Perhaps one of the rarest accounts of a vicariously described relationship is that of Pamela Mountbatten’s depiction of her mother Edwina, wife of Lord Mountbatten the last Viceroy of India and Pandit Jawaharlal Nehrus ‘love affair’ in her book India Remembered: A Personal Account of the Mountbattens During the Transfer of Power. A daughter looking back at her mothers life with candid honesty and mature ponderings does astonish one, followed by a sense of admiration at the candor of her approach.
What is ‘platonic love’?”The term amor platonicus was coined as early as the 15th Century by the Florentine scholar Marsilio Ficino as a synonym for “amor socraticus”. Both expressions signify a love focused on the beauty of a person’s character and intelligence rather than on their physical charms.”
In light of the said connotation of the term the Edwina Nehru ‘affair’ if one refers to it so, intrigues and enchants you with details as elucidated in the links provided.
Love oftentimes is considered quixotic, if not unabashedly uncaring of consequences. However the relationship as described by Pamela between Edwina and Pandit Nehru seemed to have settled into a recumbent zone of ease despite there being three in the relationship. While this led to tragedy for Lady Diana, as personally verbalised by her in an exclusive interview, where she said simply ( reproduced from memory..excuse inaccuracies) ” there were three of us in this relationship and it was uncomfortable”.
Arrant surnames, careers at nadir can create situations which lead to loneliness. At one such juncture Edwina Mountbatten and Pandit Nehru found perfect soulmates in each other. Nehru was a widower and Indira Gandhi his daughter was married and at the time living with her husband. India in the throes of the Independence struggle, with Nehru almost at the helm of affairs must have been excuse for turbulence in the mind then finding solace in a relationship which ‘supposedly’ crossed levels of the physical and transcended into something greater.
“I mean a very deep love, the kind of love that the knights of old…esoteric love really, nowadays everybody assumes that it has to be a carnal love, but you can just have as deep and emotional love with two like souls in a way, people who really grow to understand each other, and be able to listen to each other and to complement each other and find solace in each other.”..so described Pamela.
There could have been all reason to look askance at this relationship and doubt the assertions of ‘platonic Love’ made with such fervour by Pamela, but for once, doubt does not creep in. Admittedly personal ideas of romanticism, propound the possibility of a love ligatured with pristine sentiments.
Despite the paradoxical assertions by Pamela to the effect that
“My mother had already had lovers. My father was inured to it. It broke his heart the first time, but it was somehow different with Nehru.”
What is even more astounding is the stance of Lord Mountbatten who Pamela reveals confided thus to friends
She (Edwina) and Jawaharlal are so sweet together, they really dote on each other in the nicest way and Pammy (Mountbatten’s daughter) and I are doing everything we can to be tactful and help. – Lord Mountbatten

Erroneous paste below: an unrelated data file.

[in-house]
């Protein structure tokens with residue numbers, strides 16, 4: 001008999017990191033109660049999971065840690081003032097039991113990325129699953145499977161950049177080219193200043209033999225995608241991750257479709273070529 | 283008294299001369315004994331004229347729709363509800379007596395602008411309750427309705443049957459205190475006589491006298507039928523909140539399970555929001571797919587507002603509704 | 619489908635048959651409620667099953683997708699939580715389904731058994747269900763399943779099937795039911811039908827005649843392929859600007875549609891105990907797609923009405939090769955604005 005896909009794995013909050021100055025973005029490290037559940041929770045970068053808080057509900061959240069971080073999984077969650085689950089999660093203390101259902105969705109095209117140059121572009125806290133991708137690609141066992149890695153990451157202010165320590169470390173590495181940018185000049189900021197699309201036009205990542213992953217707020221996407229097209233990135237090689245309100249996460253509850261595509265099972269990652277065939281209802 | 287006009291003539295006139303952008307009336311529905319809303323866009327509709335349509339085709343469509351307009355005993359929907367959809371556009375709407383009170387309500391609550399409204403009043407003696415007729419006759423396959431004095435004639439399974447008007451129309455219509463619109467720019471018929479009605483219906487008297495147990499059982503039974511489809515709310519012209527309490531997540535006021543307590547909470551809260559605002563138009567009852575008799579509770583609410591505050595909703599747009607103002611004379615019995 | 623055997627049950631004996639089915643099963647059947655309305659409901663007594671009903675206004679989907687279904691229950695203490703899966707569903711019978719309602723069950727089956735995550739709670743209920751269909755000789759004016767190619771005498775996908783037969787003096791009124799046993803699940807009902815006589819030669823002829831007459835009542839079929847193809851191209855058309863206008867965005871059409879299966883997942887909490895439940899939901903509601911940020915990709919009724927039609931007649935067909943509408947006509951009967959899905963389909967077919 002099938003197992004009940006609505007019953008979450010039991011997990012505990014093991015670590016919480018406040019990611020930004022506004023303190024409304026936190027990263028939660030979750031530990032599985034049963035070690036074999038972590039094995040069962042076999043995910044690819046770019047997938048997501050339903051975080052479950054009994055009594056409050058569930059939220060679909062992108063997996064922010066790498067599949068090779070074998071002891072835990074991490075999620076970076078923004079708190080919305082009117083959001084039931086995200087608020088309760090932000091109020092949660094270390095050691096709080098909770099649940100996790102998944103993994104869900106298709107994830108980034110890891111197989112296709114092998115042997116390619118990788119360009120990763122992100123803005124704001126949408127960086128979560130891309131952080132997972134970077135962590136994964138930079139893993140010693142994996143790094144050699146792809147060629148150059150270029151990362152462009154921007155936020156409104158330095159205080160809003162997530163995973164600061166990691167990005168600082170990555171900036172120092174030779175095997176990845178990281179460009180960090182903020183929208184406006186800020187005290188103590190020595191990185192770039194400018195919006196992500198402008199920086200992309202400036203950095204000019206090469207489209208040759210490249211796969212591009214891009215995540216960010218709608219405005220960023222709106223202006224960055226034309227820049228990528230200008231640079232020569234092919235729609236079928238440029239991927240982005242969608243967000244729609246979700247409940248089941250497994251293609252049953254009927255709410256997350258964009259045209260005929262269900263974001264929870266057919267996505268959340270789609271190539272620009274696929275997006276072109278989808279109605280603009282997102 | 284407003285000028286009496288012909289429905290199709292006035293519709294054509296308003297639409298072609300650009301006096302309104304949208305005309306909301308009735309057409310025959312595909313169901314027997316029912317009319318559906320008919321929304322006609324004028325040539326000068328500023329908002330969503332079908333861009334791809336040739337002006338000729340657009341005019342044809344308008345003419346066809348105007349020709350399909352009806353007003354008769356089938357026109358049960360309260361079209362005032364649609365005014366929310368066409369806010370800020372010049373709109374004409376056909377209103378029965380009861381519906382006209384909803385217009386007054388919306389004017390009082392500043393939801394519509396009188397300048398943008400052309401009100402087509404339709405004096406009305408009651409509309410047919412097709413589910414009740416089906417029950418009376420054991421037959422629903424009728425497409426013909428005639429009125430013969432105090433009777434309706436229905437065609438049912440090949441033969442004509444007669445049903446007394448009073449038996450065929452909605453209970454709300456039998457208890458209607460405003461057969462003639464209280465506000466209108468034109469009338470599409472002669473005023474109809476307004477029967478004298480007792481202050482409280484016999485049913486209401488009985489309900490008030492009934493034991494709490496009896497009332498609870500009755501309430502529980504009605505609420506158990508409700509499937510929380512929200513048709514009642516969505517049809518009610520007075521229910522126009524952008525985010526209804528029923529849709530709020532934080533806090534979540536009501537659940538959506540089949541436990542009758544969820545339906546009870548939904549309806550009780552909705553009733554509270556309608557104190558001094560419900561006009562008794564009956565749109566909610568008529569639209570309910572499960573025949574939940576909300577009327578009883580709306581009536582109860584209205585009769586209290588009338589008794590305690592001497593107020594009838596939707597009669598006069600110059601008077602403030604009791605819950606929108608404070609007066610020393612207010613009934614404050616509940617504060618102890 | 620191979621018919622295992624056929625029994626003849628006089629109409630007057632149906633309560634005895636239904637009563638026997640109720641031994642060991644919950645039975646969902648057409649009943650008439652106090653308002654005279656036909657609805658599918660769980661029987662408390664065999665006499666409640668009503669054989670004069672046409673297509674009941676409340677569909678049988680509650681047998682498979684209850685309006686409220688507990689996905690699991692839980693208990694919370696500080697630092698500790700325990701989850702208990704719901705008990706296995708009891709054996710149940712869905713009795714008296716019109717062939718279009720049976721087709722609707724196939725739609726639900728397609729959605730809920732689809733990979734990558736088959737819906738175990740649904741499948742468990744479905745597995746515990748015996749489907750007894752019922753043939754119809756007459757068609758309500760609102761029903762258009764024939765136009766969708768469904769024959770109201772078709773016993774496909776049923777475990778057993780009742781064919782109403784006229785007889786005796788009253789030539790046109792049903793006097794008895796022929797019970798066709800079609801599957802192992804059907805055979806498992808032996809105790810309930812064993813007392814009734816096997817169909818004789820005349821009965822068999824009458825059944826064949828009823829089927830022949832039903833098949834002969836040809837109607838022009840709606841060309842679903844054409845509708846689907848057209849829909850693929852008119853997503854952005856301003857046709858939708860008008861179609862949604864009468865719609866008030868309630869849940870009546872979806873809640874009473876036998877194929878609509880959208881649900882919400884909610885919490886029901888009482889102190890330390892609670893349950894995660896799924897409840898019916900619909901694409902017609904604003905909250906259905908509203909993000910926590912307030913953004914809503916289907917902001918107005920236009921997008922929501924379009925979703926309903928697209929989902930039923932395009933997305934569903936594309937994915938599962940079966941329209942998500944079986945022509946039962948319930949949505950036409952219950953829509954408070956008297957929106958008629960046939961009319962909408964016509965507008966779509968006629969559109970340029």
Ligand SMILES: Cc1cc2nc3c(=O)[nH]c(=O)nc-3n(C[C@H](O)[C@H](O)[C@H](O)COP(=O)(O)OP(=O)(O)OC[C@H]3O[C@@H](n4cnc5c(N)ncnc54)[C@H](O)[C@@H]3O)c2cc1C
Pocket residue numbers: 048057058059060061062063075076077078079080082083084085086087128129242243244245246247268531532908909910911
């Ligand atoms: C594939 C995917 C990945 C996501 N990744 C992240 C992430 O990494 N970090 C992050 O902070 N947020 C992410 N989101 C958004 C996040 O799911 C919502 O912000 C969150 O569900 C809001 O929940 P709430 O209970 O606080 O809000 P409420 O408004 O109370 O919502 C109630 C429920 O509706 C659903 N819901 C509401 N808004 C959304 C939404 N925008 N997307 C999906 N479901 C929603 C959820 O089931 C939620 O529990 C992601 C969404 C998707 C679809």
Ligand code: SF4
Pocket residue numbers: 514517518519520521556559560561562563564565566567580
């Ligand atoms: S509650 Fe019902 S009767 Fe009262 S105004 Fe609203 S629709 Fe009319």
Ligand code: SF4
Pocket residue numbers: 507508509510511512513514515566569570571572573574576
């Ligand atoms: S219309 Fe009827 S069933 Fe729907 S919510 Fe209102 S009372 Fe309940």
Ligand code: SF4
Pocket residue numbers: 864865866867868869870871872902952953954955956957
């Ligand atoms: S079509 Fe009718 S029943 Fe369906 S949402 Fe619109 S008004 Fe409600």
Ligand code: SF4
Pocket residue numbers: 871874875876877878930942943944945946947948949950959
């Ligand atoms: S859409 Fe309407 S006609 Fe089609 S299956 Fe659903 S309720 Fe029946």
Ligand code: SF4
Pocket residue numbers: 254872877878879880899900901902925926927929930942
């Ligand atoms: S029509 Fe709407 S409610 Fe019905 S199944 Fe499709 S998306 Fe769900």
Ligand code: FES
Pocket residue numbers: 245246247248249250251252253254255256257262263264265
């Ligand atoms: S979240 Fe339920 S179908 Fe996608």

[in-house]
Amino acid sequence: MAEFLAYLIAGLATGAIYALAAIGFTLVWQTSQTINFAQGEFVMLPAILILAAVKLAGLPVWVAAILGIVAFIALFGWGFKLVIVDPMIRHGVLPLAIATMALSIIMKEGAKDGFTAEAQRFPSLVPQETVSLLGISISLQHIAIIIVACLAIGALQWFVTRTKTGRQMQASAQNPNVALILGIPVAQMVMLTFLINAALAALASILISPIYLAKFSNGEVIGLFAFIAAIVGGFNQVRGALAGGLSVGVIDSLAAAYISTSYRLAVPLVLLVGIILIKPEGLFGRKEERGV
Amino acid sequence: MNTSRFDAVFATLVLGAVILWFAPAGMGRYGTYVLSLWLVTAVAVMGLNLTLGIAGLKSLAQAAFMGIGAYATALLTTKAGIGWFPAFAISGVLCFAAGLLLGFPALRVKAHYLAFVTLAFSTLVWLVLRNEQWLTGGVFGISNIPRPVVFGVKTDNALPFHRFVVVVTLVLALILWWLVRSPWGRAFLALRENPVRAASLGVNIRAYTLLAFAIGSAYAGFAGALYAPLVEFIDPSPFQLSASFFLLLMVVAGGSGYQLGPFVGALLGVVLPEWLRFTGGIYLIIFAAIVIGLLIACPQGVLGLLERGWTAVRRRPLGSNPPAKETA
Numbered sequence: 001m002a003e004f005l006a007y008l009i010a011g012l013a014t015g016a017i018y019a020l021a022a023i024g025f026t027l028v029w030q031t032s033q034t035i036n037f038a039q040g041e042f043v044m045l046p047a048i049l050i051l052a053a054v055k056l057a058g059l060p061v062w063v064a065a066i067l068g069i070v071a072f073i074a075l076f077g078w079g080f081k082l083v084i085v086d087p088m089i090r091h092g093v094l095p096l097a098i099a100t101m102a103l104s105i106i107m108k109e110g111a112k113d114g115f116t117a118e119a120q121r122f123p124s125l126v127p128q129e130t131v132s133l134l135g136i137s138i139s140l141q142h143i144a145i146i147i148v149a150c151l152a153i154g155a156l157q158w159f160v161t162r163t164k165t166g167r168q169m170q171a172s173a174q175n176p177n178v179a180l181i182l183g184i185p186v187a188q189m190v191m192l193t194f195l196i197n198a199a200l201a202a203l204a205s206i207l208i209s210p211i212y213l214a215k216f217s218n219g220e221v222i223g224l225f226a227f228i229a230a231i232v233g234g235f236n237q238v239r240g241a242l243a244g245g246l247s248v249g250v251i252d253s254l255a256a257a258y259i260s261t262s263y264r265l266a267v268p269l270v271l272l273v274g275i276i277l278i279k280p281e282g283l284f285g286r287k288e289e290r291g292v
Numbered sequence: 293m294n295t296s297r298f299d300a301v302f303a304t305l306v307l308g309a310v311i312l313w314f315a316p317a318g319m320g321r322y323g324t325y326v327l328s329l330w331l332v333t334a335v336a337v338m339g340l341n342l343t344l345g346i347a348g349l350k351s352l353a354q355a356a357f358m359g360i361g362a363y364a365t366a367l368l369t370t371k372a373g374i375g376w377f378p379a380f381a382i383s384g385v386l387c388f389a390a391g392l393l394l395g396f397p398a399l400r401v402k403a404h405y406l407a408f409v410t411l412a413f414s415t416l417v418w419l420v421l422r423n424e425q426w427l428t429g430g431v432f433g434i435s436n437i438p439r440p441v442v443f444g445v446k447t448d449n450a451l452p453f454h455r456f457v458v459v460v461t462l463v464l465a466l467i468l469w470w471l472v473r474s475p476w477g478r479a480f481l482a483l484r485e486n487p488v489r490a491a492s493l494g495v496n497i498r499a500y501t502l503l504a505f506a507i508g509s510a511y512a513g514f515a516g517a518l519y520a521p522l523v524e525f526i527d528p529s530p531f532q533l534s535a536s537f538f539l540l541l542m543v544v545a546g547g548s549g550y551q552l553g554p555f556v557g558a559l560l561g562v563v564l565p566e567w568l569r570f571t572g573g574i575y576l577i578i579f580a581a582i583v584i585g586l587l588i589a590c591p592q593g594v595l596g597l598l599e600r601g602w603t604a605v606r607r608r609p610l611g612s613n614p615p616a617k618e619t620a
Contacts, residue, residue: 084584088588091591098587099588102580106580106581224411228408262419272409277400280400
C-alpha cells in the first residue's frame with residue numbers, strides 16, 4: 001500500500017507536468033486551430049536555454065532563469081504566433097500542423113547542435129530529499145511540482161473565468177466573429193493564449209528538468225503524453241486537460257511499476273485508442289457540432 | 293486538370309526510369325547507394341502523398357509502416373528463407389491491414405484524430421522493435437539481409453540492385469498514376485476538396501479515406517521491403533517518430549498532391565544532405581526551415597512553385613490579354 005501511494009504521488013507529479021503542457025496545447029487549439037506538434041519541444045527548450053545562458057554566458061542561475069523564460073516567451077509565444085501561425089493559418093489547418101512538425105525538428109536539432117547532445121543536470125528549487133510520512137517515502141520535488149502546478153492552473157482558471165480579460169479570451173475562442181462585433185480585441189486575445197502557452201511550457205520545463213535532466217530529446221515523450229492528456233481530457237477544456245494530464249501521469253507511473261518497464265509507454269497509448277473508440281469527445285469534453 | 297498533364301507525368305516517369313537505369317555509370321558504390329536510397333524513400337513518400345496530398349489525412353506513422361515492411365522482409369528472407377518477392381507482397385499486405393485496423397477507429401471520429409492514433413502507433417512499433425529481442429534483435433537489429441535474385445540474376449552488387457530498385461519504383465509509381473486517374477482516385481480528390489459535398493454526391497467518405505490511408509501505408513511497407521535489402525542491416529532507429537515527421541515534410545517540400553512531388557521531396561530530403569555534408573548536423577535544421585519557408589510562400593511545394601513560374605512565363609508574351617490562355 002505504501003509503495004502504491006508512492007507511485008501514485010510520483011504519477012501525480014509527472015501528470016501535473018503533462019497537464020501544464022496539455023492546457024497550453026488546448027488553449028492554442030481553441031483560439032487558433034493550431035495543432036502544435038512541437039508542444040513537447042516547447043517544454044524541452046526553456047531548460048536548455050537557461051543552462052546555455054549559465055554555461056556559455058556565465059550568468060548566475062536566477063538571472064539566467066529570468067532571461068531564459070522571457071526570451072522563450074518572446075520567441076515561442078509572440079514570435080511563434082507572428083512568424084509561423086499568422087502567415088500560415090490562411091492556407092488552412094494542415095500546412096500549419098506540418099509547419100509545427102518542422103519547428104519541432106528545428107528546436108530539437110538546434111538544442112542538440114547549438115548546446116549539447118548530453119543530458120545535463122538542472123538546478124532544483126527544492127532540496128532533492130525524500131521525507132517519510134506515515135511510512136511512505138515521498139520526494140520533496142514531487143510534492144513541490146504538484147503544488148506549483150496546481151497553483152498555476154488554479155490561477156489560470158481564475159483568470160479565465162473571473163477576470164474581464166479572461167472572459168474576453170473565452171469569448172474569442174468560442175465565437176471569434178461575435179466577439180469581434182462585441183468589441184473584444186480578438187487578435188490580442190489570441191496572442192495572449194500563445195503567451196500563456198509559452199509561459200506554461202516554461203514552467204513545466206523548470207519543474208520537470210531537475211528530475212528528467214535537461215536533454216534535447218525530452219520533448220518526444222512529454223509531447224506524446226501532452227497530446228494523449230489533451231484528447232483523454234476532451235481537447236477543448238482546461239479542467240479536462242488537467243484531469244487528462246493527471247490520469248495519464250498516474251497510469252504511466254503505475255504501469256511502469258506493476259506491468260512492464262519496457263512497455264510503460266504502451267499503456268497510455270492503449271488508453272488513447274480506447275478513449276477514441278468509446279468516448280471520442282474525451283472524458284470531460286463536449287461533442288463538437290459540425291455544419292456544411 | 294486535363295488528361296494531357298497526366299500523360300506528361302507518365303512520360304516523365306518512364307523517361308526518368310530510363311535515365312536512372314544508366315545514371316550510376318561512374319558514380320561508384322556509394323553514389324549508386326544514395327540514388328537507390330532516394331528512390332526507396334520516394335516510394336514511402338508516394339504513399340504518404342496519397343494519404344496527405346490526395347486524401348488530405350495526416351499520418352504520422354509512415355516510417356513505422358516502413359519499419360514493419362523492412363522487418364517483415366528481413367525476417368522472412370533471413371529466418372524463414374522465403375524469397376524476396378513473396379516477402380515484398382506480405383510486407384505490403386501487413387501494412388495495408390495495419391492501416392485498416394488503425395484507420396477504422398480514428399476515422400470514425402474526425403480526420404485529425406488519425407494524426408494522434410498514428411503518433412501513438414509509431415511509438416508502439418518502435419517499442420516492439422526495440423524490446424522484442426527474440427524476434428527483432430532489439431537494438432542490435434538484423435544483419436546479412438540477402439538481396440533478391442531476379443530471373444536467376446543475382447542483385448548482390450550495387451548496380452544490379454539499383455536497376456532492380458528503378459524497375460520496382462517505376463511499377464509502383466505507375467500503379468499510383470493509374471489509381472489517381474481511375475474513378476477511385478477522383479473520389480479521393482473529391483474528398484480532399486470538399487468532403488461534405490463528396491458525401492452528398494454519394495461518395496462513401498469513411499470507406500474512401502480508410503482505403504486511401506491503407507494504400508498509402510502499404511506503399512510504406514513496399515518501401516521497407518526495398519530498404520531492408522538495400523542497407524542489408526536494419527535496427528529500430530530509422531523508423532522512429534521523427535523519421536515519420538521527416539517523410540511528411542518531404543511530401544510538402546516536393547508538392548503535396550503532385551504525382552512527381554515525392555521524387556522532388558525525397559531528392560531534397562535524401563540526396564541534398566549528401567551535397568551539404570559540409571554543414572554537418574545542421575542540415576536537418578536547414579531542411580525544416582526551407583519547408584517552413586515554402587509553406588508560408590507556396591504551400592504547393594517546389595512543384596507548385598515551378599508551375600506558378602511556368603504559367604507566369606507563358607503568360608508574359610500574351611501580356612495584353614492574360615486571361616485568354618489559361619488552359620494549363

Breaking out from the shackled, conservative mindset must have been quite a task. To me Lord Mountbattens love for his wife bespoke of ‘true love’ where he had accepted her from the deepest core of his heart with all her fads and foibles. How many of us can boast of that? Unconditional Love where the actions of the other are viewed from his/her perspective devoid of personal prejudices or egotistical standpoint is meant to be a facet of conjugal love. .present only in stories and legends and rare examples of the kind.
The easiest stance would be one which denounces, condemns, reprobates without bothering to sensitise compassionately into the matrix of relationships.
Pamelas analysis further strengthened by her presence at the time these events took place, helped her in providing for posterity a tale which seems improbable but the authenticity cannot be denied.
My mother was so happy with Jawaharlal, she knew that she was helping him at a time when it’s lonely at the pinnacle of power, it really is, and if she could help, and my father knew that it helped her, because a woman can after a long marriage feel frustrated and perhaps neglected if somebody’s working terribly hard. And so if a new affection comes into her life, a new admiration, she blossoms and she is happy.
That Lord Mountbatten had perfectly understood the relationship and the tenor of its purpose was clear. Edwina died in her sleep at age 58, in 1960. What more proof as to the equation the threesome shared than the fact that Edwina bequeathed the letters from Nehru in her will to her husband. He knew there would be nothing in them to disturb him.
The image above is telltale! Open, carefree, childlike, jejune almost playful unaffected camaraderie. An equation..nurturing positivity, potently enriching!
In a world where the term ‘platonic’ is perhaps considered alien, from outer space, derived from Pluto, this revelation by a daughter about her mothers deep love for man who was not her father is indeed poignant. This is not meant to convey that we need follow suit. Such relationships happen perchance. Imho, in a milieu of distrust and the purely physical plane that we seem to be entrenched in presently, success of such an outing is zilch. One of the two is bound to misconstrue. Some examples are best left as stories.
Who can say it better than Shakespeare when describing a love meant to happen..
“When I saw you I fell in love, and you smiled because you knew.”